It’s changed my life, in spite of the fact that I was crossing a big puddle on a fire road yesterday and the wheel sunk down, and I went over into the water on my side, along with the bike. That’s why my leg and arm are covered with mud here. No real harm, just embarrassing. I squirted the bike and me off when I got home, and I’m going out again today to pick nettles and mushrooms. After a lifetime of riding a bike, this is like having superpowers. You’re going up a steep hill and you kick in the motor and it’s like someone is pushing you from behind. And this bike is beautifully designed, it not only has power, but it’s a kick-ass trail bike.

Lesley has had a Rad eBike for about 6 months now, that she uses to pick up groceries downtown and to visit friends (once that’s possible again).

The State of Shelter Publications

The coronavirus has closed bookstores, and much of our income is cut off. This isn’t exactly unchartered territory for us, because we’ve been in the red for about two years now, and could well be out of business in the next year. We’ve applied for a Payroll Protection Program loan, as well as an Economic Disaster Loan, but the processes are confusing and disorganized. We’re looking into getting a grant, or an angel that would help us keep us rolling (paying printing bills of about $40,000) until we get some income from the new version of Stretching. At that point we hope we’ll be self-sufficient enough to do another 5 or 6 books and keep our communications hub operating for another 5 years. We’ll see.

In any event, it’s been a great 50 years, and a privilege to have been in such a wonderful business, and to have followed our hearts in whatever we’ve done.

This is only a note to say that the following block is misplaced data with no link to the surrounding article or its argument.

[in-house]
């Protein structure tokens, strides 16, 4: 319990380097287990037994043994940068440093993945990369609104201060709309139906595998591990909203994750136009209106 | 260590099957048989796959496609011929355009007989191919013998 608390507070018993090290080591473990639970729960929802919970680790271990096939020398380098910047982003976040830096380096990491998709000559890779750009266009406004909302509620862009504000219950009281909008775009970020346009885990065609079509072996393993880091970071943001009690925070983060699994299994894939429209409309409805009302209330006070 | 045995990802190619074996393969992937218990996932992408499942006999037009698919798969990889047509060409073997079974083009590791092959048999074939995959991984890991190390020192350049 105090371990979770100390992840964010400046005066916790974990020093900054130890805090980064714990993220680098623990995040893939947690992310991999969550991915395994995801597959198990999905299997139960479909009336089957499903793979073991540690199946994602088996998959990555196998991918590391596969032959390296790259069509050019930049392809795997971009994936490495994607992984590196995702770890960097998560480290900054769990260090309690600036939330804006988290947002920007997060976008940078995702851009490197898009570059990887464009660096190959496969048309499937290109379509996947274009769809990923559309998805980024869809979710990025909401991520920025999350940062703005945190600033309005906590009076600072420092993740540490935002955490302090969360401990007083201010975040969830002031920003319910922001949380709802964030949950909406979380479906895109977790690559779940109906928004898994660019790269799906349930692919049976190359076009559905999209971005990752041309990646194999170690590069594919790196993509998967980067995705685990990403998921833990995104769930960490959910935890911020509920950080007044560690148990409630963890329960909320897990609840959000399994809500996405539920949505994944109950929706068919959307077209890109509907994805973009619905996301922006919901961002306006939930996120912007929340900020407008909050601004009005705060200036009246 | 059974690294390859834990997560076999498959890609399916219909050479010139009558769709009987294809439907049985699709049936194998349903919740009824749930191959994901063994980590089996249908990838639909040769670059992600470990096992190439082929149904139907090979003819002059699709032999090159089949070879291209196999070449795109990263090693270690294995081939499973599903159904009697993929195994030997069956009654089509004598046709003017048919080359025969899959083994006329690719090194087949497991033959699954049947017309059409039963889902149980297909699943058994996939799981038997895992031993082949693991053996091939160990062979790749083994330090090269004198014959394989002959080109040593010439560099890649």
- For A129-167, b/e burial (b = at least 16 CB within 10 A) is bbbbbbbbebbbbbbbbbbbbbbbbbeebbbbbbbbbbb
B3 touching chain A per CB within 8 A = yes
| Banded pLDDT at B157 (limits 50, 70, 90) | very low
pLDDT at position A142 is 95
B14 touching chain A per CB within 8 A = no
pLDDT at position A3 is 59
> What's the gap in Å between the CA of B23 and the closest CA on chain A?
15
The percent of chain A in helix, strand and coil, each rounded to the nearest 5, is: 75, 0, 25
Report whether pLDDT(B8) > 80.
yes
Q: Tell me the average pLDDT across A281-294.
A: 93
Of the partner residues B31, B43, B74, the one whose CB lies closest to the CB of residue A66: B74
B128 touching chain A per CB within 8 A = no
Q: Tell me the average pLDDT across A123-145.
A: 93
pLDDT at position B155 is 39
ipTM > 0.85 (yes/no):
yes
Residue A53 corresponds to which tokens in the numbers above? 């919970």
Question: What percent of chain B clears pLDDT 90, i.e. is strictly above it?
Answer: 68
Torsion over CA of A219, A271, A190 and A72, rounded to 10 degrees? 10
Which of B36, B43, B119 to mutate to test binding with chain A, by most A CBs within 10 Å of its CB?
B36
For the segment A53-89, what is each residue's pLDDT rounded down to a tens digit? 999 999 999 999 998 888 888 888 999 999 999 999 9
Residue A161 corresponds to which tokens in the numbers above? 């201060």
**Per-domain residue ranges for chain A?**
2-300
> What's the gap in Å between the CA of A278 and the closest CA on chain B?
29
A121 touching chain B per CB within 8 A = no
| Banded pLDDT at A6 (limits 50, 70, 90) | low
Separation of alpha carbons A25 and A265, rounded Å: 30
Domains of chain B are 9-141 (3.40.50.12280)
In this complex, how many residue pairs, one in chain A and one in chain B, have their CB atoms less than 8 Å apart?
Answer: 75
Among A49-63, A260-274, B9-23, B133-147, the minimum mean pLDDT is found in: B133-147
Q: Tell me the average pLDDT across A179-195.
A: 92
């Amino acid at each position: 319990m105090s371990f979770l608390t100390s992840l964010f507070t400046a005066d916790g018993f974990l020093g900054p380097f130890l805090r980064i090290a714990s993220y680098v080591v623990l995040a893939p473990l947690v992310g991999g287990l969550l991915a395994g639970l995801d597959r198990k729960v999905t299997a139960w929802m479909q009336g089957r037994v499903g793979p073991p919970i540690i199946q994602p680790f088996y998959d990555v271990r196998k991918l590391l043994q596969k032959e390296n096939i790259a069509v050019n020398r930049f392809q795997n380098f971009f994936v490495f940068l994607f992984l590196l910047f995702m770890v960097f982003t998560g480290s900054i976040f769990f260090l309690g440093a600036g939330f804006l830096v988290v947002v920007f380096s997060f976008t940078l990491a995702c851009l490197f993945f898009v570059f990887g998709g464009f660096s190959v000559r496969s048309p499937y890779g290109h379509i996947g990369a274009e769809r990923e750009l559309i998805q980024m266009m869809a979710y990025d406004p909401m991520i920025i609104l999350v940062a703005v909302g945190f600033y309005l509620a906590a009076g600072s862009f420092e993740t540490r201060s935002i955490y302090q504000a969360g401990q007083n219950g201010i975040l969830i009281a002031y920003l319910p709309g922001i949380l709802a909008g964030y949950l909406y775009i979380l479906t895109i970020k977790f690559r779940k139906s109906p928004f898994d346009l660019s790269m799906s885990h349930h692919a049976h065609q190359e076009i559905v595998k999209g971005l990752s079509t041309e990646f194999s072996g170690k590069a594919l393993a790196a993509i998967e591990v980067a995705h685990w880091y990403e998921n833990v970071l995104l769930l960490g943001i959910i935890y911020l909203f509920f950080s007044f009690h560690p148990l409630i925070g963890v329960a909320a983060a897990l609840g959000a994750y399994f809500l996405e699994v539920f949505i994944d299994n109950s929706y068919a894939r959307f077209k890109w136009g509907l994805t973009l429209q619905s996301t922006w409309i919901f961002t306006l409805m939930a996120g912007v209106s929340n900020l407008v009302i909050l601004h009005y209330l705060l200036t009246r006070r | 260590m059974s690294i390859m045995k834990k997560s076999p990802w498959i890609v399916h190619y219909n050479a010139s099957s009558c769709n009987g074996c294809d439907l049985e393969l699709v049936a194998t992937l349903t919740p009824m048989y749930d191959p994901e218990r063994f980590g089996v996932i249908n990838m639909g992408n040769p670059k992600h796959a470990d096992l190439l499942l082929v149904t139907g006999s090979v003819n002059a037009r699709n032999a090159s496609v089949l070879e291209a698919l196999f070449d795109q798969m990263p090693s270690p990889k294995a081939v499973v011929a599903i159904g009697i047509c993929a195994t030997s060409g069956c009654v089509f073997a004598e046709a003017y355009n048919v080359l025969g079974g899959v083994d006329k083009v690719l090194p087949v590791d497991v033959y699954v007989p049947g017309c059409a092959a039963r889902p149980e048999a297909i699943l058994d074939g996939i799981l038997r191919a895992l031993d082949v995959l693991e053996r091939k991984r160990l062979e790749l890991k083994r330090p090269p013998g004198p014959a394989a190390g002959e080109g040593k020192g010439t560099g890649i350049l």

In the meantime, we’re going to, as the Scots say, och wheesht and get oan wae it.

On My Blog


My Instagram account (8400 followers): www.instagram.com/lloyd.kahn

Shelter’s Instagram account (13,000 followers): www.instagram.com/shelterpub

Música del día

Springsteen, Sam Moore, E Street band live at 25th anniversary of Rock and Roll Hall of Fame, “Hold On, I’m Comin’”



““Clear eyes, full hearts, can’t lose.”

–High school football coach Eric Taylor, Amazon Prime series “Friday Night Lights”

Over and out…

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The Lost Files

I was looking through one of my many filing cabinets (which contain old school file folders containing papers and photos) the other day and discovered about 15 folders on a book I started to write in the late ’70s. It was going to be called Home Work* and was about my building experiences, starting with my first building (studio with a “living roof” in 1962), then building homes over the next 17-18 years. I took them out of the filing cabinet and put them in this box:

Back then, I felt that I could offer guidance to novice builders, based on the fact that I started building from scratch. No carpentry training or previous construction experience.

I’d made a lot of mistakes that I could warn first-time builders about, and I had ideas for simple homes based on practicality and economy– and ones that felt good.

I wanted to encourage people to use their own hands to build their own homes. I’d done it, and never had a bank mortgage or paid rent.

The project got interrupted by my publishing Stretching by Bob Anderson in 1980 and then 20 years of publishing fitness books. Karma, I guess.

Read More …

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“Constraint inspires creativity.”

Article in New Yorker (here), 10/21/2013, about Jack Dorsey, co-founder of Twitter:

“…He is a techno aesthete in the manner of Steve Jobs: Dorsey, too, is a college dropout, a taker of long walks, and a guy whose father liked to tinker. And, just as Jobs, with his Issey Miyake turtlenecks, tried to embody Apple’s sleek functionalism, Dorsey’s tastes are self-consciously in synch with the design of Twitter. “Constraint inspires creativity” is one of his credos.;”